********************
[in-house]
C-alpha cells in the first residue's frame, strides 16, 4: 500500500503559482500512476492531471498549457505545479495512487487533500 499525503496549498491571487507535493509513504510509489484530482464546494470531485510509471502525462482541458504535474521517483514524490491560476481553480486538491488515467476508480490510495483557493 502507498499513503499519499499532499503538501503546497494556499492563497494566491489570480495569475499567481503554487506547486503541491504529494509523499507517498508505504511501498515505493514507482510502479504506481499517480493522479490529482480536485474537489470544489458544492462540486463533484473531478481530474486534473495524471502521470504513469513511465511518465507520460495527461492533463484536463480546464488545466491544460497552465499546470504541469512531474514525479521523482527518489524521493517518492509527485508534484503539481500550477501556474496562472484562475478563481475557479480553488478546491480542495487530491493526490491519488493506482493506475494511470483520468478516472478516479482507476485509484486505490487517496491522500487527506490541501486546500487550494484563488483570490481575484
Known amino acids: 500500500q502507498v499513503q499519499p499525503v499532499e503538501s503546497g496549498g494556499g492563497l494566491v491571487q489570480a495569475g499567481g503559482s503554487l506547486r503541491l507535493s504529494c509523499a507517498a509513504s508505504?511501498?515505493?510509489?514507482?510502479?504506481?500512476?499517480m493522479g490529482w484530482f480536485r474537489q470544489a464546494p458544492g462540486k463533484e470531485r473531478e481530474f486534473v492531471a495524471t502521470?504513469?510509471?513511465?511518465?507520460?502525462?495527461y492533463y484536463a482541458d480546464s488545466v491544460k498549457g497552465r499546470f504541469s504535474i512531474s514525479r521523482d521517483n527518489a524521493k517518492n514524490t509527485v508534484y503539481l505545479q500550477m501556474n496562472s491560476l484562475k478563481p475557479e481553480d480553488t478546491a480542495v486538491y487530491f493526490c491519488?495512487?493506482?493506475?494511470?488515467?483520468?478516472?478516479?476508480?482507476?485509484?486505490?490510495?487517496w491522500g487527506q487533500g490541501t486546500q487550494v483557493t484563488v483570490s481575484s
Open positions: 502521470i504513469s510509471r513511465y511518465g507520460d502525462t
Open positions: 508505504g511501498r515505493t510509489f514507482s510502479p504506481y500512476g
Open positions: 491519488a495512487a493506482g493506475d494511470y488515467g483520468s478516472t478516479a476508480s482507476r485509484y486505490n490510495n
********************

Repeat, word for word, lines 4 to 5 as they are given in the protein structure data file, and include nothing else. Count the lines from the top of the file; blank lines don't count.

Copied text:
Open positions: 502521470i504513469s510509471r513511465y511518465g507520460d502525462t
Open positions: 508505504g511501498r515505493t510509489f514507482s510502479p504506481y500512476g